Whenever any one of us get sick, we rely on our body’s immune system to combat whatever virus or bacteria we have contracted. Sometimes we need an extra boost, like an antibiotic, an anti-viral, or a flu shot, to complement our immune system so we can get better more easily.
A person’s physical fitness level also plays a big role in how well he/she can fight off the infection. But I’m sure you already know that.
When we are faced with adversity, such as the sudden loss of our job or learning that our child has a disability or health issues, our immune system really can’t help us much. Our physical fitness level can keep us moving but it is our emotional strength and coping mechanisms that allow us to combat this adversity and “get better”.
Put another way, our “coping fitness” determines how much stress, anxiety, and emotional trauma we can handle and how well we will recover. If it’s in good shape, we can...
I admit, this is a strange title, but I wanted to get your attention.
It seems obvious that the reason you bring a caregiver into your life is to help with the care of your child. And that can take on many forms – physical care, personal care, or medical care.
No question, all of those are important tasks that need to be done every single day. And relieving you of these hands-on responsibilities, if only for part of the day, is one of the reasons you should definitely bring a caregiver into your life.
But the “care” part is only part of the equation … and the need. Life is way more than just “care”.
Here’s the thing. Your child is not his body (or her body). He HAS a body. He is not his personality. He HAS a personality. And, he is not his disability. He HAS a disability.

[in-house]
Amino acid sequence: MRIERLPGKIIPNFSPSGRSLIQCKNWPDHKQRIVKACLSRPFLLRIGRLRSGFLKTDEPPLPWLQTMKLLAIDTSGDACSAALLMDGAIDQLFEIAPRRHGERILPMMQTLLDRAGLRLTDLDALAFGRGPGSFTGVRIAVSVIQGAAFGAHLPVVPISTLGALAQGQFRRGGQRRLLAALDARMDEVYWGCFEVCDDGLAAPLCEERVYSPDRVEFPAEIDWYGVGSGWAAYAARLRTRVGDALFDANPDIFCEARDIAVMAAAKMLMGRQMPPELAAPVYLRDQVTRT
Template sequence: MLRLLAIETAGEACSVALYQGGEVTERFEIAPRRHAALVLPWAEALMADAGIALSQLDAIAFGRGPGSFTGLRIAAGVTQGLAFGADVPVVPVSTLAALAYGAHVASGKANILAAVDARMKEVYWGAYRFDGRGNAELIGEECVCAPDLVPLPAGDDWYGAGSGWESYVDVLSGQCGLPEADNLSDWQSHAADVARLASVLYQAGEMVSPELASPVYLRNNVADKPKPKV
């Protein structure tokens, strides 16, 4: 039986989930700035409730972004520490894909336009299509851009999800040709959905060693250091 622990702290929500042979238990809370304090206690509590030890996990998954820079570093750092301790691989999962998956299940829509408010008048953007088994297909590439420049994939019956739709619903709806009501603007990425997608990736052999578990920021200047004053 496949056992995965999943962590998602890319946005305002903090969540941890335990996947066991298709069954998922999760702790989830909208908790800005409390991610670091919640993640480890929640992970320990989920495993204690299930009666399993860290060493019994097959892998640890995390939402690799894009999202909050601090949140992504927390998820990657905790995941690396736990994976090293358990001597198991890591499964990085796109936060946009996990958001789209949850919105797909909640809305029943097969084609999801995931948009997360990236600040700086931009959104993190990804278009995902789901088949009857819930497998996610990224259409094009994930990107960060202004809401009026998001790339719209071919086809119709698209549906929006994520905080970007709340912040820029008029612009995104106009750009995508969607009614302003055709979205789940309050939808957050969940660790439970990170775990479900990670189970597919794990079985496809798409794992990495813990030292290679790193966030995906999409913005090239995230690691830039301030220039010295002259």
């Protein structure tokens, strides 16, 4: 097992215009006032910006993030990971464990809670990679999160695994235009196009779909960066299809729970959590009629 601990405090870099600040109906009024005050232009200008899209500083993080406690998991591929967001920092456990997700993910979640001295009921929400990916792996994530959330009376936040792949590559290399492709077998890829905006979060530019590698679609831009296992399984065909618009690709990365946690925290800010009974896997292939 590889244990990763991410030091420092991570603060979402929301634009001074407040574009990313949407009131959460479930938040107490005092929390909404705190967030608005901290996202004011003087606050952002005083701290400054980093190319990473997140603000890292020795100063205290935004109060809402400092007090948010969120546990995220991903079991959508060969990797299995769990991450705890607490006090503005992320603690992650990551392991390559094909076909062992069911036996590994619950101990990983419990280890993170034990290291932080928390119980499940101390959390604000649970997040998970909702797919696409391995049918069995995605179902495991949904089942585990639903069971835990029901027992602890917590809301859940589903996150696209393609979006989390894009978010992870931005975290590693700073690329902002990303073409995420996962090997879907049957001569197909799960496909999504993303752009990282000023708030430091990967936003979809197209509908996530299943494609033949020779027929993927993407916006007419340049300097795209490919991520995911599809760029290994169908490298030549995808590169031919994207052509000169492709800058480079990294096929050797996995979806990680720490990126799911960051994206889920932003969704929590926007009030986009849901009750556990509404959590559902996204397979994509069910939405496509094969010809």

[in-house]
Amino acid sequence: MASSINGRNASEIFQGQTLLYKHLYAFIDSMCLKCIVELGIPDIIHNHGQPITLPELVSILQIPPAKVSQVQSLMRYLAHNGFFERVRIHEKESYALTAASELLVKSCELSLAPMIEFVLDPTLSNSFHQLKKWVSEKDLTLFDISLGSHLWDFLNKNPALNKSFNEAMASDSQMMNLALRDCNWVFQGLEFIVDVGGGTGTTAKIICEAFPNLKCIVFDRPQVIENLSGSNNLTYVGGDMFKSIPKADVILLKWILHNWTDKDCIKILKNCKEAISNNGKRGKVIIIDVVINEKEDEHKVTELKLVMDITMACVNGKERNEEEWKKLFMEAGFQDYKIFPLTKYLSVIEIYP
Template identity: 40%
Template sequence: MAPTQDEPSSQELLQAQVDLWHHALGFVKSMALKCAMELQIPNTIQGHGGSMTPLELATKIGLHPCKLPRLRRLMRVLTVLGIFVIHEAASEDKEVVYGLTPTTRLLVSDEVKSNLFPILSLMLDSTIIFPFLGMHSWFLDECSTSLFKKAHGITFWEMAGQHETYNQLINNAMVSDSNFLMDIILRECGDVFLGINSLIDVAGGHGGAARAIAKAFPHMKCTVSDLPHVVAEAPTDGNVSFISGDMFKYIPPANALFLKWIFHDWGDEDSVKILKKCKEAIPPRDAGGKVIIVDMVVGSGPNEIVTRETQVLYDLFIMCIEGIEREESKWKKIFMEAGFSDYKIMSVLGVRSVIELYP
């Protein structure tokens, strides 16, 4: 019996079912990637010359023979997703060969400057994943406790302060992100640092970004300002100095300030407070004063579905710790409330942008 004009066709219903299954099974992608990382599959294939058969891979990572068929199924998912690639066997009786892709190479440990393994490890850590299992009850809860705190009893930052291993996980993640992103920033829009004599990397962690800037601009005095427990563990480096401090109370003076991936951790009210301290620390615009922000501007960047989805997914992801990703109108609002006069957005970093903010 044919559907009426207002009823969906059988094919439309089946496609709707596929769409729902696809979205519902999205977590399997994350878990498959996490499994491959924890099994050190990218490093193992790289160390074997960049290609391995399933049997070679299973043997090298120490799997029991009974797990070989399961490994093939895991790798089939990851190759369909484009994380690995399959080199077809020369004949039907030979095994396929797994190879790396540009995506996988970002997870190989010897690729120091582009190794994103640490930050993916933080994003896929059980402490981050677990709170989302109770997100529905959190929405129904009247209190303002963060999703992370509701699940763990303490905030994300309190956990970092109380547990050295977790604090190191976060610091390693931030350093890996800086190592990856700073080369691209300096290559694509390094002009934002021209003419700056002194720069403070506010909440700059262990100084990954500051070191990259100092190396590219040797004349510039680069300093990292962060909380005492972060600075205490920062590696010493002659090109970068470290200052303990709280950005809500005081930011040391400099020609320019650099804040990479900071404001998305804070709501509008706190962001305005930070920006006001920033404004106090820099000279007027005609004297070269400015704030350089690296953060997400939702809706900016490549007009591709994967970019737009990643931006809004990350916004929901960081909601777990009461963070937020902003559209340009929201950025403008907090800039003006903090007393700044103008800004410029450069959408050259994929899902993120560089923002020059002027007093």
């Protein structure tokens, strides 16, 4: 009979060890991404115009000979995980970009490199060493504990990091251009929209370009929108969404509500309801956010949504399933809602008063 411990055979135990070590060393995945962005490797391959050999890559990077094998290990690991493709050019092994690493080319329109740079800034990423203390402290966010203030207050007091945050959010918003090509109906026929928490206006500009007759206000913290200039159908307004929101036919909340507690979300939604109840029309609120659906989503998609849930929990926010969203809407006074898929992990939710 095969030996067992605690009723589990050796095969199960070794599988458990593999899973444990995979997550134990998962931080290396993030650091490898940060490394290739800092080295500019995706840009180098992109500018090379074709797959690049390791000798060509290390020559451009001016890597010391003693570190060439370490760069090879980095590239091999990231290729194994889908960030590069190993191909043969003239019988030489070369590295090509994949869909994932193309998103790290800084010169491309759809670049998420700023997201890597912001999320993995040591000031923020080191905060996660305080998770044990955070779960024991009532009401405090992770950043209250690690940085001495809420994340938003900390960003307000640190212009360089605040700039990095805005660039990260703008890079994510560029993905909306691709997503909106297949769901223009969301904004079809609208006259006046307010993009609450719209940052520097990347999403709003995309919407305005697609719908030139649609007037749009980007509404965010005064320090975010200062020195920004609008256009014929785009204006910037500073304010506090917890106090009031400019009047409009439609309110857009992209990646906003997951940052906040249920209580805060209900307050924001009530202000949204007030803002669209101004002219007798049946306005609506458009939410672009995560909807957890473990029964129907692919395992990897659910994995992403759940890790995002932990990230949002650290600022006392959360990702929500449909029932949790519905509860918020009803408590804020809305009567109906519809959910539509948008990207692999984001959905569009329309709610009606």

What he IS, is a life force who purpose and dreams need to be realized. We all are!
Maybe that sounds a bit over-the-top, even unrealistic. But consider this: the way we...
Tomorrow, I get to present to a large assembly of high school students – actually at the same high school that Ben attended. The topic is about how to build an inclusive world.
It’s part of the school’s “Saints in Action” programme which gives students the opportunity to serve their community in different ways and give back. It’s a great programme to help them develop more holistically.
I’m going to show the short film of Ben’s Story as a shining example of the power of an inclusive community. If you haven’t watched it yet, click here and prepare to be inspired :)
Following the film, I’ll be talking about 3 ways the students can help build an inclusive world.
The first is to change their worldview. That’s because how they see the world and the language they use will determine how they will live their lives. We all live in the language we speak.
Second way is to develop a belief system that every life is of equal value...
When I look back on some of the decisions we made concerning Ben’s caregivers, I have to shake my head and say, “Wow, were we ever stupid!”
With each decision, I was sure what we were doing would be the best for Ben and us. But the problem was that we were totally immersed in the grind of Ben's support, and all the stress and confusion that came along with it.